Points, miles, and snide remarks.


Alaska Announces 2024 Program Updates, New Partnership with Porter

Alaska Airlines is shaking things up in the Mileage Plan program for 2024, and it’s worth taking a closer look at what’s in store. But before we dive into the details, let’s not forget that Alaska recently made headlines with its ambitious plan to acquire Hawaiian Airlines in a whopping $1.9 billion deal, adding the airline to the Oneworld Alliance.

Now, back to the Mileage Plan changes. The elite status adjustments for 2024 come with a mix of positive shifts and a few headscratchers. The simplified process of earning elite status based solely on elite qualifying miles (EQMs) is a notable shift. Whether you’re eyeing MVP, MVP Gold, or the prestigious MVP Gold 100K status, it all boils down to your EQMs. Importantly, there are no changes to the EQM thresholds required for status.

This kind of change seems to be a trend in the airline industry as a whole. American did this the right way with its Loyalty Points scheme. Delta got it very wrong and later backtracked. United seems to be on the way to a Loyalty Points-like scheme, which makes sense because CEO Scott Kirby trained under Doug Parker at American, so we’d expect United and American to closely follow each other while Delta does its own thing.

The elimination of segment-based qualification might raise an eyebrow for some, but it’s balanced by the freedom to earn Mileage Plan status solely through travel on partner airlines. This is great news, as Alaska’s reach is largely west coast-focused. Alaska is also sweetening the deal for Mileage Plan members who wield the Alaska Airlines Visa® credit card. In 2024, for every $10,000 spent on the card, members will rake in 4,000 EQMs, with a cap of 20,000 EQMs per year after $50,000 in eligible credit card spending. It’s a move reminiscent of recent trends in the airline industry, where credit card spending becomes a key player in elite status attainment.

MVP Gold 100K members get an exclusive treat with the introduction of limited-time rollover miles. Any EQMs beyond 100,000 in 2023 will carry over to the 2024 program year, a one-time offer that could be a game-changer for the most dedicated Mileage Plan members.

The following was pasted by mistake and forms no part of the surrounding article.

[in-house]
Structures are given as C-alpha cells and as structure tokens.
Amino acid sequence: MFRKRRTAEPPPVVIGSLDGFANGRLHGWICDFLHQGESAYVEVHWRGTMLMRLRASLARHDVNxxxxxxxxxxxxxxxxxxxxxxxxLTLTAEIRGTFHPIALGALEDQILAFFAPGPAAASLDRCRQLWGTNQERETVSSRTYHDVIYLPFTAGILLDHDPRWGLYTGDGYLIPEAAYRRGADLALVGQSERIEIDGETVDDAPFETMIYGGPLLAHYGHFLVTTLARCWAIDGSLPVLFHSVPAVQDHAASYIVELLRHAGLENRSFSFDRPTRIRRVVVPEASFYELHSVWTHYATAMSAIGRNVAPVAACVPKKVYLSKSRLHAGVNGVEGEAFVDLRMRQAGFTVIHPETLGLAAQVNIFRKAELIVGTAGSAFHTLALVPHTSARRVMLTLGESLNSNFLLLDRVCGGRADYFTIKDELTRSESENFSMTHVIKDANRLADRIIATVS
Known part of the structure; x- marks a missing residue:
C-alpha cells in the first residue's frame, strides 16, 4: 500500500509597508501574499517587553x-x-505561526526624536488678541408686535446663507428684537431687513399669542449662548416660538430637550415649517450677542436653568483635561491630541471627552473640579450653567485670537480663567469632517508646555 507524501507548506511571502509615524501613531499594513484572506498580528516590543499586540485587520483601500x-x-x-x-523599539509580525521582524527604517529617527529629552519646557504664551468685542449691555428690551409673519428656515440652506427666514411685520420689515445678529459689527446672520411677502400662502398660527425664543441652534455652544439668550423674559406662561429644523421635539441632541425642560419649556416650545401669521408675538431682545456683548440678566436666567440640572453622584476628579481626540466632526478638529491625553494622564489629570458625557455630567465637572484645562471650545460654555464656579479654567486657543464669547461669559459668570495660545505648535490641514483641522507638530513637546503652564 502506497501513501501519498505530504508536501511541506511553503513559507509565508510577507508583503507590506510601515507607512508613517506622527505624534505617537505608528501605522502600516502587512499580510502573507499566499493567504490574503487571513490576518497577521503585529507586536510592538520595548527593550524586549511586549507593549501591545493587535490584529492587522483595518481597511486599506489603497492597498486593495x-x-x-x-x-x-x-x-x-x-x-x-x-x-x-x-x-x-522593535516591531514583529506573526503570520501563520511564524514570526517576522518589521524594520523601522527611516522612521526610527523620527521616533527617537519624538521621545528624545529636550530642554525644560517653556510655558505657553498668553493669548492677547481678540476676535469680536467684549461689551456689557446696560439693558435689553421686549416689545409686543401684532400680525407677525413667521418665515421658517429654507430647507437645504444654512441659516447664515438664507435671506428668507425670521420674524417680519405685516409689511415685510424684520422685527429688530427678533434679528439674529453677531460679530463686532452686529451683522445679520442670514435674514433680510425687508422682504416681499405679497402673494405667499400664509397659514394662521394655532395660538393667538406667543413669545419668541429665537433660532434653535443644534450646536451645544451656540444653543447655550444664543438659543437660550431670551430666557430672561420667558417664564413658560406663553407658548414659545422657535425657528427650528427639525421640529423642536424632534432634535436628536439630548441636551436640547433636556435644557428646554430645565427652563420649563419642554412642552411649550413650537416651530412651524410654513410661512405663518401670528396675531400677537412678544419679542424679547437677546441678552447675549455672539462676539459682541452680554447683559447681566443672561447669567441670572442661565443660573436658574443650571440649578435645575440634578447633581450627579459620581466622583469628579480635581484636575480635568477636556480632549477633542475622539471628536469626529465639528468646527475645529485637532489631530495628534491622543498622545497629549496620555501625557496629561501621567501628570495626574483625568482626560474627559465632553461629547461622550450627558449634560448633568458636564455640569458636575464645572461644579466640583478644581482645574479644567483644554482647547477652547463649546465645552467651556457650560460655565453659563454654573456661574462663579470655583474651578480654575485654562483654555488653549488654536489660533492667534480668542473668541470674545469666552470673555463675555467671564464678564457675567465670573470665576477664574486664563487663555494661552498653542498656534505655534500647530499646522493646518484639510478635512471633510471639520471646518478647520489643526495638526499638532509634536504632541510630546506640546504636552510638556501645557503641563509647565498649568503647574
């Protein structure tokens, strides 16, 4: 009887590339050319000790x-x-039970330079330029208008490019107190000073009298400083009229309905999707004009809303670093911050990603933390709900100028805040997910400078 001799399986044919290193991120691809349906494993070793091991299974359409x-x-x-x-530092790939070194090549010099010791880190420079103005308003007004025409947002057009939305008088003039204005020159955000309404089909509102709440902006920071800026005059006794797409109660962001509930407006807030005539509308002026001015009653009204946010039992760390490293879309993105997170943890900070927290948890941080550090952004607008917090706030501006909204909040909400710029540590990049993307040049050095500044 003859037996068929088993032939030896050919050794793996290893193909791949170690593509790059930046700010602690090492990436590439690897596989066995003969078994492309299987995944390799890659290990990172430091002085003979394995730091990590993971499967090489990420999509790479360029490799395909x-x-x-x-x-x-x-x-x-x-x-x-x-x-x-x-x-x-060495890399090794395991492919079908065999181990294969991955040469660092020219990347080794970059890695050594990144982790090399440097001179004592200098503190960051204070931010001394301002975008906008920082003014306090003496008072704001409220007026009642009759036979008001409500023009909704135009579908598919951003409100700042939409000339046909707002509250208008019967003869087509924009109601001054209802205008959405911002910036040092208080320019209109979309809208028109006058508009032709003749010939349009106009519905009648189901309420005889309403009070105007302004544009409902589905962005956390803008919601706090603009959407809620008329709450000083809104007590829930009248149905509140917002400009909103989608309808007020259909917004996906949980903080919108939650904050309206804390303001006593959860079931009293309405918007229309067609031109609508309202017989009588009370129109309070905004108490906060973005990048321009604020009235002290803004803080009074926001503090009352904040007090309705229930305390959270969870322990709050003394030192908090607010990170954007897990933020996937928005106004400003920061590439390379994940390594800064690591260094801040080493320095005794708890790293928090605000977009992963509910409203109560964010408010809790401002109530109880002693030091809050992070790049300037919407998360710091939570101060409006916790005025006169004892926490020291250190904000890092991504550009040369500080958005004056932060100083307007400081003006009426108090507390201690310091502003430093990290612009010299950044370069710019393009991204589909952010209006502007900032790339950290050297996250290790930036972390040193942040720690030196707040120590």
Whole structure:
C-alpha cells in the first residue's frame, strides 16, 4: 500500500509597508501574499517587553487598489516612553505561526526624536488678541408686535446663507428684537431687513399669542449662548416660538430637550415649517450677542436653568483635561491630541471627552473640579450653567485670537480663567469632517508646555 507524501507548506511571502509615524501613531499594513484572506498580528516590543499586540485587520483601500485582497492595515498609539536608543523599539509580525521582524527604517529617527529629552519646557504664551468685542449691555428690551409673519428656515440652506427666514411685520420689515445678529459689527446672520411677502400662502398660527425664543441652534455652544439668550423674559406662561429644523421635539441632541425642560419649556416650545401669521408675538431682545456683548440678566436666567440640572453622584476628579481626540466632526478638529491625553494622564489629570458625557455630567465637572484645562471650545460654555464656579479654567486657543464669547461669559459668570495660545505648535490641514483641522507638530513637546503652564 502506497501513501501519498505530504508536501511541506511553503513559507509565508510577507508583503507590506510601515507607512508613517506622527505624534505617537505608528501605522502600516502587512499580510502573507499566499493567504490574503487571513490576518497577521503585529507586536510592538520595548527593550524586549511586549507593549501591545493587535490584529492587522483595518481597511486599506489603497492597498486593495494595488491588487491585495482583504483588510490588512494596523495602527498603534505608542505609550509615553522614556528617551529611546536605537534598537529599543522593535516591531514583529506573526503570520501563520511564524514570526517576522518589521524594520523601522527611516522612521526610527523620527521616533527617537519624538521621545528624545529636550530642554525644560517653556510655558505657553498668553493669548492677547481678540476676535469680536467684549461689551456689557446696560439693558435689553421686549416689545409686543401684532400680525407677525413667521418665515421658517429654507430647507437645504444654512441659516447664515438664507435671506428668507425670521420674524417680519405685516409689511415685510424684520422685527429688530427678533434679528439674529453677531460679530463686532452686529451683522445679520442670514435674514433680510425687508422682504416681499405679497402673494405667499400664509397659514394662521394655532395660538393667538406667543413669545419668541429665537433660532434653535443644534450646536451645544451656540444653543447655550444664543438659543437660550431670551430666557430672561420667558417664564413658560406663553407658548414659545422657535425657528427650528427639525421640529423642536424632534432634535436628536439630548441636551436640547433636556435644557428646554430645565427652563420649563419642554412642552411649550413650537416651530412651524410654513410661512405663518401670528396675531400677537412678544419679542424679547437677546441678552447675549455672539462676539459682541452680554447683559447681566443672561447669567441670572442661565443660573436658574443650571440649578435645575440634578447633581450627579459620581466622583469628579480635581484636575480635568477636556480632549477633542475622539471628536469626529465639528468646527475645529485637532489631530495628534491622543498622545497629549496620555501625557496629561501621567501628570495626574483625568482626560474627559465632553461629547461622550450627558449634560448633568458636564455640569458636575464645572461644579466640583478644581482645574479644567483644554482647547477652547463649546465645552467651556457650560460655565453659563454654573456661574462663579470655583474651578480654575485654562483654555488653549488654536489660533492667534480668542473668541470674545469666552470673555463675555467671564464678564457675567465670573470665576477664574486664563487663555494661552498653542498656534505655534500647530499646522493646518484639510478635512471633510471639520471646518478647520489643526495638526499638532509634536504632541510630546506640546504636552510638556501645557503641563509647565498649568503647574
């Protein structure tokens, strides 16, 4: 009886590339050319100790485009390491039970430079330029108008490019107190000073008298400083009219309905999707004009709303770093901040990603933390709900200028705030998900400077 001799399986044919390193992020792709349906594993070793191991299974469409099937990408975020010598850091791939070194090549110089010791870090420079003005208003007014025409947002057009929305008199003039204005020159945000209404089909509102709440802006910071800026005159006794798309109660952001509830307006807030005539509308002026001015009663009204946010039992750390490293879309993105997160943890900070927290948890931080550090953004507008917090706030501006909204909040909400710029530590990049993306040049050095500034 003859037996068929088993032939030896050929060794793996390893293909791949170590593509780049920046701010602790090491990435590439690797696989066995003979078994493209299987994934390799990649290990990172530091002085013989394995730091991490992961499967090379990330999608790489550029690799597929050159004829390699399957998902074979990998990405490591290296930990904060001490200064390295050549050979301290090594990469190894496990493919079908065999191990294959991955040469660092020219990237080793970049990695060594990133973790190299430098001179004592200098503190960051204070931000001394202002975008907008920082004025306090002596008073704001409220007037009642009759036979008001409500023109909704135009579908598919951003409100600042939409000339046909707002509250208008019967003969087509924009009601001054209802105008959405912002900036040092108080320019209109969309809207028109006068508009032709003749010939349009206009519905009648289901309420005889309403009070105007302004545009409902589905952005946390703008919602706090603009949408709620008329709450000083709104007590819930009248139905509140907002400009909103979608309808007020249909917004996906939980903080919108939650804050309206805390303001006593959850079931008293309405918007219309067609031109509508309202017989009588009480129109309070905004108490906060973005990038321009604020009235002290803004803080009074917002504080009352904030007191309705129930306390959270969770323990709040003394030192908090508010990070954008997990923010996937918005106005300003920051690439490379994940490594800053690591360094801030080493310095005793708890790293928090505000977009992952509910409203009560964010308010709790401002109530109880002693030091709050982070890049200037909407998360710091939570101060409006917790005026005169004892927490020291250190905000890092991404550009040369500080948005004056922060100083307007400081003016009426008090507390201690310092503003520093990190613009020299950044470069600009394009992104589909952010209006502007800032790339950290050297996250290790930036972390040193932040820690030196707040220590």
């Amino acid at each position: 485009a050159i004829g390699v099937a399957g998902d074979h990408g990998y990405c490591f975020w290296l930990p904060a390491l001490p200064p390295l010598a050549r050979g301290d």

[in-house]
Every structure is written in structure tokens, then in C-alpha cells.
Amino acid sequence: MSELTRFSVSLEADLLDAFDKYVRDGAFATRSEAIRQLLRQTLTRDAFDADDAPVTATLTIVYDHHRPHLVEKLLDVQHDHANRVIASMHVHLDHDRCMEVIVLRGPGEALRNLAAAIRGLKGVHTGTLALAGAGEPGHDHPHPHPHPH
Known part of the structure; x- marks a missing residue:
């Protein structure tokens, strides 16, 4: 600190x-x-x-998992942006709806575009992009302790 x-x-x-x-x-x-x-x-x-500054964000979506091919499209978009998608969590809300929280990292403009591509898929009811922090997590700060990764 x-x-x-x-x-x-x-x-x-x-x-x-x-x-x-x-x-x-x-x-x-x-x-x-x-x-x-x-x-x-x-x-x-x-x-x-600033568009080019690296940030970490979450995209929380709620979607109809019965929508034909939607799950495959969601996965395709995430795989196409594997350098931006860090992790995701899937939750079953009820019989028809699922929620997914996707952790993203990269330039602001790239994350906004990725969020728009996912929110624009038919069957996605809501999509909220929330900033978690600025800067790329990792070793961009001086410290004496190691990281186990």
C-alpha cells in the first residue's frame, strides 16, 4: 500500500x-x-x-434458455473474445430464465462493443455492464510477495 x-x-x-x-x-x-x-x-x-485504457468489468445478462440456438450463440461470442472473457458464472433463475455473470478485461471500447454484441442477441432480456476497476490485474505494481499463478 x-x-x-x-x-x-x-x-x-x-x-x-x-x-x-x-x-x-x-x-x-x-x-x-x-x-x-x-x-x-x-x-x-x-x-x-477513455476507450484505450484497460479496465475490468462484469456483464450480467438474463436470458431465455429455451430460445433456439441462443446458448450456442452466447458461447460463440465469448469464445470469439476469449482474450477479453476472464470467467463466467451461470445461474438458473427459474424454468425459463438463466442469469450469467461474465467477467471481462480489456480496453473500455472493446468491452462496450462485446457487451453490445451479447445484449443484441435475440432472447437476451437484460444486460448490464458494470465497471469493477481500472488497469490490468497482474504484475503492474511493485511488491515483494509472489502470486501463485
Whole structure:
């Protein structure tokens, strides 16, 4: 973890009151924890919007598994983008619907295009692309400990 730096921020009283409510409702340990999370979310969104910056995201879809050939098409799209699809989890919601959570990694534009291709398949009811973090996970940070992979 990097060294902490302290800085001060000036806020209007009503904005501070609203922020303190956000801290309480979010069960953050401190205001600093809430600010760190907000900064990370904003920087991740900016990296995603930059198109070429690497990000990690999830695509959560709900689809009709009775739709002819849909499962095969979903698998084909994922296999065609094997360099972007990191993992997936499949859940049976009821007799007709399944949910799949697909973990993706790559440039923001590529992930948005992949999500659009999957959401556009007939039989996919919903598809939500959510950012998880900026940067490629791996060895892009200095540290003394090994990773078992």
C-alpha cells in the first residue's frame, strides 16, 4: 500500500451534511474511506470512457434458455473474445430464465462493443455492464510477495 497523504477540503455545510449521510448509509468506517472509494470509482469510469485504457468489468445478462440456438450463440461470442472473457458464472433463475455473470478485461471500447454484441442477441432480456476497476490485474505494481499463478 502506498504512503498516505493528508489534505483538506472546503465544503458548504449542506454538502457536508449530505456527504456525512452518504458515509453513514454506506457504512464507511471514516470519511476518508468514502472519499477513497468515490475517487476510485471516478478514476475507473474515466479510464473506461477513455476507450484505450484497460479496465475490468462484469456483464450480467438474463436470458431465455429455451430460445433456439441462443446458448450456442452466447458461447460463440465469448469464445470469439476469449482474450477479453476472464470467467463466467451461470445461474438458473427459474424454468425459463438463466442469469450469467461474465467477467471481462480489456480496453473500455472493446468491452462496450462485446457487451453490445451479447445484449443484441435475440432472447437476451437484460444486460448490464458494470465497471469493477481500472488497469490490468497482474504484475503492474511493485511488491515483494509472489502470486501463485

Looking ahead to late 2024, Alaska Mileage Plan promises a buffet of “choice rewards.” While details are scarce, the plan is to empower members to cherry-pick the perks that matter most to them. From bonus miles and status accelerators to day-of-travel perks and experiences, it’s a tantalizing menu that could add a new layer of personalization to the loyalty program.

Now, for the less savory news. In 2025, Alaska Mileage Plan will be downsizing elite mileage bonuses for three out of four elite tiers. MVP members, MVP Gold members, and MVP Gold 75K members will experience reductions ranging from 25% to 50%. At least Alaska gave a full year of advance notice here, and it aligns with the airline’s investment in new choice rewards.

Buried under the news about Alaska’s loyalty program updates, it’s worth noting that Alaska is expanding options for its members by adding Porter Airlines as its 30th global airline partner and the first Canadian airline partner. This news should please AvGeeks, as Porter seems all-in on the comfortable Embraer E195 E2, a rare find within North America.

Alaska’s 2024 program updates signal a positive shift overall. The streamlined elite status qualification and the added perks for credit card holders are steps in the right direction. However, the reduction in elite mileage bonuses come 2025 might be a bitter pill for some loyalists to swallow. Yet, as we navigate these changes, it’s clear that Alaska Airlines is charting a course towards a more straightforward program as it looks to acquire Hawaiian.